- enough RAM to run a minecraft server
- dual CPU never sees higher than 60% and that's when I fully loaded it will all features running... except when you use video station to re-encode video, then the system maxes out and flunks most of the time... don't use it to re-encode! Plex media server is a possible install, tried it, but found the re-encode to be a limiting factor for HD content;
- if you want to be able to browse over SMB from a XBMC install, enable the guest account on Synology, otherwise you get an error (only to browse! and once you browsed, disable it again)
- it's a quiet box, and doesn't use much energy ~45W at idle 60-70W full load (building raid array)


with the disks nicely filled and running some music playback, copy operations I pulled a disk from the Synology; the system took about 60 seconds to "unfreeze" after which things continued as normal. Putting in another disk it has to be THE SAME SIZE OR LARGER! important to know because not all brands are exactly the same size.

Synology Hybrid RAID is nice as you're not stuck using the same size disks forever, you can upgrade disk per disk in the system and expand, it's not exactly the same as UNRAID (http://lime-technology.com/) which would be my choice if I were to build a custom NAS again, but a close second, you use this calculator to see how much space you get the Hybrid RAID: http://www.synology.com/en-us/support/RAID_calculator


I agree on the HDMI port missing, QNAP does have it and the ability to run XBMC directly from the NAS is a very nice plus, now I have a second device for XBMC which is kind of a waste.
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Old 15th January 2014, 10:03   #4
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Placed a DS213+ on a remote location; used Synology DYNDNS service, set up port forwarding for network backup and it's good to go

* daily offsite backup in place and working nicely; run it during the night, even 100GB+ is no problem, after initial sync, the incremental backup takes less than an hour!
* added mail server and mail station app. Log in to /mail with an administrator account to enable pop3 incoming setting; Then set up an account to download emails from POP3 from your ISP or Gmail; now you have an email backup which is available anything, either from web interface or pop3/IMAP client. (tested with Outlook 2010, works good!)
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Old 20th January 2014, 17:00   #5
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Got my first disk failure, scheduled weekly Quick SMART and yearly Long SMART tests. Quick SMART test of 16/01 failed, repeatidly, unrecoverable errors. Remove disk , insert new one, took less than 1 minute! rebuild will take longer... but system never went down.

I did not get a notification of SMART test failure though as the the progress meter was stuck at 90%. Maybe they should add "if smart test takes longer than xxx time, trigger warning"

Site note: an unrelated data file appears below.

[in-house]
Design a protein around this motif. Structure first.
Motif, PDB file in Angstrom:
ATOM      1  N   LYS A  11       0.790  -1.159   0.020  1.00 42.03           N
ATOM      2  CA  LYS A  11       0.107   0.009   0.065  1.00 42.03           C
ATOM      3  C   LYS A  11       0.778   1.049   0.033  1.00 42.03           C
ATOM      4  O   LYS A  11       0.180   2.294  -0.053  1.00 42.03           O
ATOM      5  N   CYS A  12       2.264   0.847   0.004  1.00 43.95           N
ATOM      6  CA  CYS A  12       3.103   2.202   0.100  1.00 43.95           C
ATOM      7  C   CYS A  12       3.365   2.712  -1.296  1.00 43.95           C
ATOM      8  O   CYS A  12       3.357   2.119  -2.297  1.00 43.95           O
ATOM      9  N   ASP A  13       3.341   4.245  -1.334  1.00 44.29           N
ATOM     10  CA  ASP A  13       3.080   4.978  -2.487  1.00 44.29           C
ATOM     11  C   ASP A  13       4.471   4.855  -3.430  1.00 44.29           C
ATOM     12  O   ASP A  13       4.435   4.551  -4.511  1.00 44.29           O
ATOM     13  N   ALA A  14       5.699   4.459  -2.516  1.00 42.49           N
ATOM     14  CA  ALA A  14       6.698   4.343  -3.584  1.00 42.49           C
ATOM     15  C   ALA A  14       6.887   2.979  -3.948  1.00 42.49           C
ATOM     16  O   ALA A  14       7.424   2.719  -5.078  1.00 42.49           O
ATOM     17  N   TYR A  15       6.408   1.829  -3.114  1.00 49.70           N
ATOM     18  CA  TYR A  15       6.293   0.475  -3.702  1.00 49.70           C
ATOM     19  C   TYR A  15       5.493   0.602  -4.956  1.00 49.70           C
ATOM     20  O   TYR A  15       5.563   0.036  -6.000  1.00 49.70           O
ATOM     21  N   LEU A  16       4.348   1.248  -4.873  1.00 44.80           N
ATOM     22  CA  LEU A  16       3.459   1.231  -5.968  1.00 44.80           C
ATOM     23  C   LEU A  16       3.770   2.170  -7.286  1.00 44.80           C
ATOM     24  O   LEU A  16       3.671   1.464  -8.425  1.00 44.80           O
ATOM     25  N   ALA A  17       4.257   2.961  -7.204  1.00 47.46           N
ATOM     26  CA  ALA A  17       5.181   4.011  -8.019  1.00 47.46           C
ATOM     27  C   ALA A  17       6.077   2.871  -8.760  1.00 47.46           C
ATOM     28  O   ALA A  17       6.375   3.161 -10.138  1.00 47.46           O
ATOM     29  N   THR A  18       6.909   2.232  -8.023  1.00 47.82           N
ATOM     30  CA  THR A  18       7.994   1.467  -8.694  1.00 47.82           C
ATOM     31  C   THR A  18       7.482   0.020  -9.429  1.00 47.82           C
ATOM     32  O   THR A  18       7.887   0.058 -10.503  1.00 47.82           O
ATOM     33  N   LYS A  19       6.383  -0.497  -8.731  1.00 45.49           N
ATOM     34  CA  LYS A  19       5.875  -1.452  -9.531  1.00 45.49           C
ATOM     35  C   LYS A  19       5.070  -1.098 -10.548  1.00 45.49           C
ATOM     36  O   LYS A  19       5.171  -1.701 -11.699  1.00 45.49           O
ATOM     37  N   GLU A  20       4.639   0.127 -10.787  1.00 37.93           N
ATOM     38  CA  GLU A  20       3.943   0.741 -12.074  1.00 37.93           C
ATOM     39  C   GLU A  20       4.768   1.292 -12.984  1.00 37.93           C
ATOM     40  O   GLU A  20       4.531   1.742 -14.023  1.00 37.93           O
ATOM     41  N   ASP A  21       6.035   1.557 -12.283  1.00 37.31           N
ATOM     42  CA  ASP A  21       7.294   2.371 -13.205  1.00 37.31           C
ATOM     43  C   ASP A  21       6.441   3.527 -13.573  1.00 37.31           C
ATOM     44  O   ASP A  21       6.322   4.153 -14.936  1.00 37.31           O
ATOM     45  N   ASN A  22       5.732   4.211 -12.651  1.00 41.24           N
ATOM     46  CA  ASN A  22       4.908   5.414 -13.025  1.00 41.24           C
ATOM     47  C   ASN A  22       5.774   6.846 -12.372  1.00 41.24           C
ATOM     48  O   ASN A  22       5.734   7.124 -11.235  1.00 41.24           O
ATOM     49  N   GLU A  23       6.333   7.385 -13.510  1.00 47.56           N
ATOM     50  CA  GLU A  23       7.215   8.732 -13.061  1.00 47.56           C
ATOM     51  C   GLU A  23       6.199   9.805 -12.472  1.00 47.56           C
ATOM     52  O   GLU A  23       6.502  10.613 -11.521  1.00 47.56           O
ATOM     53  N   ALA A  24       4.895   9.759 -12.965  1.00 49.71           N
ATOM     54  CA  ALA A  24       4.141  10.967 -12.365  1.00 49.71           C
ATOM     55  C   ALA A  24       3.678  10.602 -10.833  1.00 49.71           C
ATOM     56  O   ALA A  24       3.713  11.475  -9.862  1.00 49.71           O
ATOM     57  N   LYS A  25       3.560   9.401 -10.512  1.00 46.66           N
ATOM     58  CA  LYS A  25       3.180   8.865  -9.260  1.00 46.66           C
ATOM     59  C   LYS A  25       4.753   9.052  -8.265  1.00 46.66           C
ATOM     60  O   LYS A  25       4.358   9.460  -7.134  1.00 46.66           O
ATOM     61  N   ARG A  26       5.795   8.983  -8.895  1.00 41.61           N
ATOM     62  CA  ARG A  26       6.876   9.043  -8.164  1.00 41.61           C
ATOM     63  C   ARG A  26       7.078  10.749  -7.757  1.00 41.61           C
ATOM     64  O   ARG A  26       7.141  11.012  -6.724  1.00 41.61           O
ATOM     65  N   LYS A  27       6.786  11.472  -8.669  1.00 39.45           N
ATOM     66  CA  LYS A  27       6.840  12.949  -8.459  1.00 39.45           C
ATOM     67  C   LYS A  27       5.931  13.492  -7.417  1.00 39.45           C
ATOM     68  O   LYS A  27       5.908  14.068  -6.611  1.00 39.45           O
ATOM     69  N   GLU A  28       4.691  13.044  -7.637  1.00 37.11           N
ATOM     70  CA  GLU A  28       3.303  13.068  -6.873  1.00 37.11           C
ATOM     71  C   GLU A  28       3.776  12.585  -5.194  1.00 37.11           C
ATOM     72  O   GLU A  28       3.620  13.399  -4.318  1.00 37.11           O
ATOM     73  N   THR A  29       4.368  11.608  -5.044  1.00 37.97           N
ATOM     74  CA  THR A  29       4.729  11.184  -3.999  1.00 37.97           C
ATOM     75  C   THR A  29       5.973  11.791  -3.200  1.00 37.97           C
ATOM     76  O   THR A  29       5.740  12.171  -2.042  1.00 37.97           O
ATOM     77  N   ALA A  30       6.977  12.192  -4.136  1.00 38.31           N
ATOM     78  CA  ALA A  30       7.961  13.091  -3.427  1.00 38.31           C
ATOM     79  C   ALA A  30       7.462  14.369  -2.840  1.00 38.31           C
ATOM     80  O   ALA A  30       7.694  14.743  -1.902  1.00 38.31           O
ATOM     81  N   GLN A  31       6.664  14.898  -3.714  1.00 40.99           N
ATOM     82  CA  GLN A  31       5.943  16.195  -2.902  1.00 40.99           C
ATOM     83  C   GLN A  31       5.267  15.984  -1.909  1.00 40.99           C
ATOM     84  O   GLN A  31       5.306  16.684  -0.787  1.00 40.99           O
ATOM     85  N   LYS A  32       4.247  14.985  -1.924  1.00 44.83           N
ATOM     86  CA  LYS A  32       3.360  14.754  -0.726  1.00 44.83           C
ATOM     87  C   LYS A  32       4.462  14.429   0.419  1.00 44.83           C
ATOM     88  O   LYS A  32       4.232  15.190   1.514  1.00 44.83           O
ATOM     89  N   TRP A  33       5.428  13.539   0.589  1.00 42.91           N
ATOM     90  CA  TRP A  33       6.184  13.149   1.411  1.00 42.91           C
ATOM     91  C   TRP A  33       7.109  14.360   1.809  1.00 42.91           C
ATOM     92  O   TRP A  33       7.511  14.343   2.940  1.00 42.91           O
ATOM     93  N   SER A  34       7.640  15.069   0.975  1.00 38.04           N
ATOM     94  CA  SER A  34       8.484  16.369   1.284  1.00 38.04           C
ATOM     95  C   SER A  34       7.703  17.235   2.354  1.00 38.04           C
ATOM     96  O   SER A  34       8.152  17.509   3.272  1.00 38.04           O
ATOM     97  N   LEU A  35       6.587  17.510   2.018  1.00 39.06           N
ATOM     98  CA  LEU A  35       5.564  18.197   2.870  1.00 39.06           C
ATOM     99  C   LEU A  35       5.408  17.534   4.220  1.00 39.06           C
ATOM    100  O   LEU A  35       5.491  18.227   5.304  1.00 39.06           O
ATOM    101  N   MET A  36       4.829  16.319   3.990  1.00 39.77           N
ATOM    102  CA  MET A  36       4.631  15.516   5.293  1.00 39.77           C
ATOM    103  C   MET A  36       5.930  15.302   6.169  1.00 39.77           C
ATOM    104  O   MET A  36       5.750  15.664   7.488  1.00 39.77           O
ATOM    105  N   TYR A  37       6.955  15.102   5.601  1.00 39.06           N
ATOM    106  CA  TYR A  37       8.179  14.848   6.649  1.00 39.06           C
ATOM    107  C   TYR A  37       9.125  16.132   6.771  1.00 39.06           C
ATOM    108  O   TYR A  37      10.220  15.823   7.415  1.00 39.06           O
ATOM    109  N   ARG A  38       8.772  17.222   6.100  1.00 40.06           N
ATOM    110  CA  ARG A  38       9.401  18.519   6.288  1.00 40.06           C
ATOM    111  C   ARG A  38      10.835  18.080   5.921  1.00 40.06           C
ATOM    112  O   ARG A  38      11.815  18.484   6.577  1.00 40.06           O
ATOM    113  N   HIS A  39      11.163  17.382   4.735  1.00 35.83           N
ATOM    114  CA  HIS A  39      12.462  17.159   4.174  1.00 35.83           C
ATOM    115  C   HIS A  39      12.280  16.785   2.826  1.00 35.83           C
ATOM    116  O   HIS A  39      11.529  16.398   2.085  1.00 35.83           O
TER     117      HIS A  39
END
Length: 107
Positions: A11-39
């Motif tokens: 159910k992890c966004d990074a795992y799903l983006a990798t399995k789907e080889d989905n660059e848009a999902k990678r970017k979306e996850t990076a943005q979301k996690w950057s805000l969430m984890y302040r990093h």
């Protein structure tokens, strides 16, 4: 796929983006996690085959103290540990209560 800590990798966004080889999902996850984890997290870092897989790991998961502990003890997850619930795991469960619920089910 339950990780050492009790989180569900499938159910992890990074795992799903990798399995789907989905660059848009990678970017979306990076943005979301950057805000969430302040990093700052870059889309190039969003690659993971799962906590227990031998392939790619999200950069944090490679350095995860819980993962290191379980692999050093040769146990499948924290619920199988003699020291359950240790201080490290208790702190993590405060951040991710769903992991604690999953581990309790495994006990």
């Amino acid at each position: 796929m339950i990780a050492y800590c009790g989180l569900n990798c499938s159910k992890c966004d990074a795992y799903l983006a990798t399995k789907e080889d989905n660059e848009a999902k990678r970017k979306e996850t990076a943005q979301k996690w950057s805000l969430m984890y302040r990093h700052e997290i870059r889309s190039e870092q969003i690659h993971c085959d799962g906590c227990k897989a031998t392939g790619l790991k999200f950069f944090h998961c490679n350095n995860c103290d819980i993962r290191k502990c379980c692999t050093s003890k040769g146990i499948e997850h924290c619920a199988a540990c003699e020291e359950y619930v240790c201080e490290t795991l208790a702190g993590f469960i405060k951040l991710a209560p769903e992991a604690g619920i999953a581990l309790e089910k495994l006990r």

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Old 21st January 2014, 07:14   #6
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I am curious what is the life expectancy of modern HDDs if we use it for 30 minutes maximum a week compared to 24/7 hour usage inside the NAS. I use my NAS to store data which does not fit anymore on my PCs and after thransfer has been completed I shut it down (I like to call it as a backup despite the fact that a real backup means transporting a mirror of the same data to another NAS, preferably of the same size).
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Old 22nd January 2014, 05:07   #7
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Quote:
WD quality inside and out ... WD GreeN™. Cool, quiet operation for ... MTBF. 3.5-inch. 3 TB. WD30EFRX. 64 MB. SATA 6 Gb/s. Yes. 1 million hours
MTBF states 114 years, unfortunately MTBF has been declared a pretty much useless number.

what kills hard drives, is changing of states, in my experience. on/off , on/off. etc. will create more wear and tear than just spinning none stop. so in my humble opinion a drive in NAS will outlast one in a desktop
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Old 22nd January 2014, 10:40   #8
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Quote:
Originally Posted by jmke View Post
MTBF states 114 years, unfortunately MTBF has been declared a pretty much useless number.

what kills hard drives, is changing of states, in my experience. on/off , on/off. etc. will create more wear and tear than just spinning none stop. so in my humble opinion a drive in NAS will outlast one in a desktop
I fully understand what you mean, but the drives go on-off more times in a NAS compared to a desktop, especially in a home environment mainly because they go to "sleep mode" during nights at least. If the NAS gets accessed quite often or the sleep mode is turned off completely, then there is another situation.
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Old 23rd January 2014, 18:35   #9
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Quote:
but the drives go on-off more times in a NAS compared to a desktop
HDDs in desktop also go into hibernation
I've put mine at max of 5 hrs, but with mailstation, downloadstation and other sync services , they never get to 5hrs idle